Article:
Red flowers use chemical warfare to protect themselves

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Sydney, March 19 (ANI): A new study has determined that an Australian native plant is using chemical warfare to prevent its bright red flowers from being eaten, by using some quantity of cyanide.

According to a report by ABC News, the finding challenges conventional thought that flowers evolved as a way for plants to attract birds and animals that help them cross-pollinate.

The study was done by Professor Byron Lamont and his colleagues from the Centre for Ecosystem Diversity and Dynamics at Curtin University of Technology in Western Australia.

Lamont said that the team studied 51 species of Hakea, and found they could be easily divided into two groupings.

Insect-pollinated species have predominantly tiny, white flowers surrounded by spiky, dense foliage, which they suggest stops animals such as emus and cockatoos from eating the flower.

Bird-pollinated species instead have soft open leaves and bright, easily accessible, usually red, flowers with room for birds to land on stems.

This makes the plant vulnerable to being eaten by emus and cockatoos.

Lamont and colleagues travelled to the heathlands north and south of Perth to collect samples of Hakea.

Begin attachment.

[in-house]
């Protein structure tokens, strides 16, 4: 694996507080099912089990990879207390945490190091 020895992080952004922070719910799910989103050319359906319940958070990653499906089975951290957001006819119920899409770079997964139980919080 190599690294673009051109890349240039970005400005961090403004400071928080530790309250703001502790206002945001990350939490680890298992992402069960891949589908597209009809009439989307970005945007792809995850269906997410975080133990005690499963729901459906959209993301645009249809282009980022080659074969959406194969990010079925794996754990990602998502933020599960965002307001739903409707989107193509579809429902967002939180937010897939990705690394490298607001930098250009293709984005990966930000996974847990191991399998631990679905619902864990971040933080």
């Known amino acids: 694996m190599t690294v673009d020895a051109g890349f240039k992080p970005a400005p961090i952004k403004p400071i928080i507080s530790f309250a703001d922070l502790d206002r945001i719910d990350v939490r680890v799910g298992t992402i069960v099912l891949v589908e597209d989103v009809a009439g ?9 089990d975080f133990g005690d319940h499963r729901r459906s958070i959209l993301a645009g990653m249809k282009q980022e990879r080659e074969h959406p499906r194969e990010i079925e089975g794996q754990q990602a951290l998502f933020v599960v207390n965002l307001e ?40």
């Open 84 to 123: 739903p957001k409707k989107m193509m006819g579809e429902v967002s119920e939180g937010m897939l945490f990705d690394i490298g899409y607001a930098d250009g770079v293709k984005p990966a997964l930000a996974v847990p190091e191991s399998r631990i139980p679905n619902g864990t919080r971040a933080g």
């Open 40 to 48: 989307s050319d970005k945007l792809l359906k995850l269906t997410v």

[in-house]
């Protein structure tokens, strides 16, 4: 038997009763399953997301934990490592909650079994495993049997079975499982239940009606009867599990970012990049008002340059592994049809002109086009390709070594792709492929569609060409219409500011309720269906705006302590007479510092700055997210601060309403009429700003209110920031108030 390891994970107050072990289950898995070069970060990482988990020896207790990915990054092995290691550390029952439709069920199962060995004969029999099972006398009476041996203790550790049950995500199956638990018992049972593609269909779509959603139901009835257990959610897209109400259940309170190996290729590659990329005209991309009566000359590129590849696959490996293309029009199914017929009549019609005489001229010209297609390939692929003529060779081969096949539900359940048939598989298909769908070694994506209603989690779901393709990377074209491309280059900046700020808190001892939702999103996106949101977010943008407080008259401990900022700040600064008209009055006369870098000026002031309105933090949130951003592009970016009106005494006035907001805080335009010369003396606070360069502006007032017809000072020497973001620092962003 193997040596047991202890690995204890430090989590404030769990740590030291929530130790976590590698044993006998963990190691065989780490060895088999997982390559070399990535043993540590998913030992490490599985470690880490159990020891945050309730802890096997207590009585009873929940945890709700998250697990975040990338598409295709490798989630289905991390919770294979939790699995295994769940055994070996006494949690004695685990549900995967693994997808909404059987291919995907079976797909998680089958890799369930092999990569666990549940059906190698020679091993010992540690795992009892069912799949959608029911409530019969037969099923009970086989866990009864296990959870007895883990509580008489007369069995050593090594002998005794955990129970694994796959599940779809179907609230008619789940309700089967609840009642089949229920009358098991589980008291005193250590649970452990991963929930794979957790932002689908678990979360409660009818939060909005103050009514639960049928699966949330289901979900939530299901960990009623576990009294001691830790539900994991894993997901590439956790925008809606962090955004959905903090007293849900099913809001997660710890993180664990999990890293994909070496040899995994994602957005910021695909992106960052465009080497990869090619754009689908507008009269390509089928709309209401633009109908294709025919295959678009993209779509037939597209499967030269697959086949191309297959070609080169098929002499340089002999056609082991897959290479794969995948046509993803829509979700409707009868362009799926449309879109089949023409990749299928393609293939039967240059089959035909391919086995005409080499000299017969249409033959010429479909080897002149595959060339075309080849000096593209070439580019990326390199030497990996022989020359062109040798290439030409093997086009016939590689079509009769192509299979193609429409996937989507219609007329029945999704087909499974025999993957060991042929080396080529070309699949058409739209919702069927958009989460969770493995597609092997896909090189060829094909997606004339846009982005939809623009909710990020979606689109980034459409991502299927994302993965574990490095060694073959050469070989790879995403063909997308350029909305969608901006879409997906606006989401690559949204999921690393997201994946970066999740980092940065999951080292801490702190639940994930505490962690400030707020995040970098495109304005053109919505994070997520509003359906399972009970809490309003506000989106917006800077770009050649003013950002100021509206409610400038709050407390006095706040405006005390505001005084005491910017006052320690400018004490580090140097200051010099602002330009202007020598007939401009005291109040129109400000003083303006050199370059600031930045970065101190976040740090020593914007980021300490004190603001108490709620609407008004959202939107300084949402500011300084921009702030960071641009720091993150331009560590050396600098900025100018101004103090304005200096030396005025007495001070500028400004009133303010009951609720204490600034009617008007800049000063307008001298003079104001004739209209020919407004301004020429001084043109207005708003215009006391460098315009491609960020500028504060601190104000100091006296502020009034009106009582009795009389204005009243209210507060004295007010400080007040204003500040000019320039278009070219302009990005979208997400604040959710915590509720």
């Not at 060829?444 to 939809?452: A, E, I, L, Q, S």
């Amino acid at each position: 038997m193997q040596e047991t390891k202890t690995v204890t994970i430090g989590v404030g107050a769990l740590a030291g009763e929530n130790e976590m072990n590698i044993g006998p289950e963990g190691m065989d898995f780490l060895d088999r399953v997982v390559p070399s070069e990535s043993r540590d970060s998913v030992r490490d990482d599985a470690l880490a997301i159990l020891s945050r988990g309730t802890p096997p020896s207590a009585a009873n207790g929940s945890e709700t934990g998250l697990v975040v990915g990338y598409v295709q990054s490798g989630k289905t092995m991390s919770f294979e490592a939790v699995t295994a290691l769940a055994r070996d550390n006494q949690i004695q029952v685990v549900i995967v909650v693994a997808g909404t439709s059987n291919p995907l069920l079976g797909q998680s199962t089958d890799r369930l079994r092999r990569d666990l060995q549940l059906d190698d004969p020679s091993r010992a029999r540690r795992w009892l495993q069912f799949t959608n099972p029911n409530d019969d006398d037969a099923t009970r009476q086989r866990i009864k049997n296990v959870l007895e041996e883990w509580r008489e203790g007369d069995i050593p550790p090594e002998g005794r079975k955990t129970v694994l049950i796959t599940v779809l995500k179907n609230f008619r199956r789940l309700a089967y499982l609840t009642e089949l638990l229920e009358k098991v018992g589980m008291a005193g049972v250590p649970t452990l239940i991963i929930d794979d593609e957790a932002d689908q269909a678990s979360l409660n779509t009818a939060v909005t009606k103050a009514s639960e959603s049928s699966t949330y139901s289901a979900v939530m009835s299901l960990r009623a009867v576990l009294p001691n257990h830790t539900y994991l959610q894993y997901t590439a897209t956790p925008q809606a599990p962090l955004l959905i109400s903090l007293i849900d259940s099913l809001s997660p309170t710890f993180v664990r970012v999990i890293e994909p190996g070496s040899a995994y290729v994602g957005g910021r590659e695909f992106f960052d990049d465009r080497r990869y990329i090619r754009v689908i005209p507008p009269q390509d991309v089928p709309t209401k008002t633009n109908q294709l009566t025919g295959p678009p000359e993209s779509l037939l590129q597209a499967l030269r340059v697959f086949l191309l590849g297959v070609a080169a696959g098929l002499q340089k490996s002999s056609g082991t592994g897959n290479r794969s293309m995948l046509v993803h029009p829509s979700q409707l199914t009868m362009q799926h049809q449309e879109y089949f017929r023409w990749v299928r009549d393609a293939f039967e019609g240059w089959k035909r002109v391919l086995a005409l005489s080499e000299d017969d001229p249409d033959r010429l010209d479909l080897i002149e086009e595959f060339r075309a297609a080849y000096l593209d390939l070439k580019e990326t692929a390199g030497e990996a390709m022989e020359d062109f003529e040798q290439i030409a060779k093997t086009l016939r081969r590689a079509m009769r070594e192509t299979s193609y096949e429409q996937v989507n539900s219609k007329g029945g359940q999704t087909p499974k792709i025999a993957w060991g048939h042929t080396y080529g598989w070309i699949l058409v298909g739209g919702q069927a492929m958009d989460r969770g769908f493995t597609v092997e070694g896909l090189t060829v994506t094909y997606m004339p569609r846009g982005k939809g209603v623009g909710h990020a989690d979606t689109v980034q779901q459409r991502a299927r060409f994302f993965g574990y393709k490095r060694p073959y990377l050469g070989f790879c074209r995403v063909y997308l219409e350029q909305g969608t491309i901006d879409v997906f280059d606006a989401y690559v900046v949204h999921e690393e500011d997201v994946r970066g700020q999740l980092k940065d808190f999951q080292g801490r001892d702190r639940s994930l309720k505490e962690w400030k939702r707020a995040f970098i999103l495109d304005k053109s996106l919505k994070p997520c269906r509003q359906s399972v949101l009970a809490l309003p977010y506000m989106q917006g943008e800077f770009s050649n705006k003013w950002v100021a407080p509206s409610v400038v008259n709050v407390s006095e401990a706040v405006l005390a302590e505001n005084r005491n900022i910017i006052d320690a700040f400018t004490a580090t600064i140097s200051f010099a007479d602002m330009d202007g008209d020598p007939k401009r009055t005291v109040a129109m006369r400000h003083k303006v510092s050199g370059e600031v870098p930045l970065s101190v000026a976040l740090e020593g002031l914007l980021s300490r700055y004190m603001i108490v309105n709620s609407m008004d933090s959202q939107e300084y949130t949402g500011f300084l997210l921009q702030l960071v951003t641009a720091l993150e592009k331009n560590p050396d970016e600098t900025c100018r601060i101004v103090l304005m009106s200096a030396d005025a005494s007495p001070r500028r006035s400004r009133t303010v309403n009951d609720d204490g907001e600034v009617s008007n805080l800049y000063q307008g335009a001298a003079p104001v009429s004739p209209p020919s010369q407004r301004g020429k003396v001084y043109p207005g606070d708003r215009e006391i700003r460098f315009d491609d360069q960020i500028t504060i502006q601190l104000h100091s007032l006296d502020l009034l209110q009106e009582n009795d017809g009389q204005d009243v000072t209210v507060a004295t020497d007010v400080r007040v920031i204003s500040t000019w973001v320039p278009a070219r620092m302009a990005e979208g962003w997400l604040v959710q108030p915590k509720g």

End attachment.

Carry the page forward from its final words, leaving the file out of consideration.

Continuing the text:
They macerated the flowers on-site and then used an enzyme and a strip of paper that was sensitive to cyanide to test for its presence.

He said that they found that plants with red flowers contain 10 milligrams of cyanide per gram, enough to make an animal sick.

According to co-author Dr Mick Hanley, of the University of Plymouth, animals that eat the red Hakea flowers may learn to associate the colour with the bitter taste produced by the cyanide.

"The colour red acts as a warning to large vertebrate herbivores like emus, parrots and kangaroos that the flower contains distasteful or even poisonous cyanogenic compounds," he said.

"It seems that Western Australian plants have not only developed a remarkable defence against would-be flower predators, but that they also clearly advertise the fact," he added. (ANI)

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